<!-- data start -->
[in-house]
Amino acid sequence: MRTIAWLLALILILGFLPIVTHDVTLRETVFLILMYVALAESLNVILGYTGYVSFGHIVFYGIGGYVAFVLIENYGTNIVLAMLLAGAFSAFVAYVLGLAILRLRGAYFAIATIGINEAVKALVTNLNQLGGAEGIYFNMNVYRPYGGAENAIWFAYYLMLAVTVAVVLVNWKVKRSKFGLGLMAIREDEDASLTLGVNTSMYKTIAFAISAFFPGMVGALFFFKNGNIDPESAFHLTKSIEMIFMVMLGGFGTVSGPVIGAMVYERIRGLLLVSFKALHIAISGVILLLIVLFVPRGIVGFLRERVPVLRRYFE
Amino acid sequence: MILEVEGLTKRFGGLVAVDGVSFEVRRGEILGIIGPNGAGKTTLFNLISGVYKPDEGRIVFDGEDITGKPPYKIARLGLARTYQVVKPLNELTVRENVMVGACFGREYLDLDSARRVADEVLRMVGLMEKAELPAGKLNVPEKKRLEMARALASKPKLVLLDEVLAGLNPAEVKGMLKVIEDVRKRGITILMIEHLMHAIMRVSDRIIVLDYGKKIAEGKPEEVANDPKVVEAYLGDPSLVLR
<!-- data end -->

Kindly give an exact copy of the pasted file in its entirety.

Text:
[in-house]
Amino acid sequence: MRTIAWLLALILILGFLPIVTHDVTLRETVFLILMYVALAESLNVILGYTGYVSFGHIVFYGIGGYVAFVLIENYGTNIVLAMLLAGAFSAFVAYVLGLAILRLRGAYFAIATIGINEAVKALVTNLNQLGGAEGIYFNMNVYRPYGGAENAIWFAYYLMLAVTVAVVLVNWKVKRSKFGLGLMAIREDEDASLTLGVNTSMYKTIAFAISAFFPGMVGALFFFKNGNIDPESAFHLTKSIEMIFMVMLGGFGTVSGPVIGAMVYERIRGLLLVSFKALHIAISGVILLLIVLFVPRGIVGFLRERVPVLRRYFE
Amino acid sequence: MILEVEGLTKRFGGLVAVDGVSFEVRRGEILGIIGPNGAGKTTLFNLISGVYKPDEGRIVFDGEDITGKPPYKIARLGLARTYQVVKPLNELTVRENVMVGACFGREYLDLDSARRVADEVLRMVGLMEKAELPAGKLNVPEKKRLEMARALASKPKLVLLDEVLAGLNPAEVKGMLKVIEDVRKRGITILMIEHLMHAIMRVSDRIIVLDYGKKIAEGKPEEVANDPKVVEAYLGDPSLVLR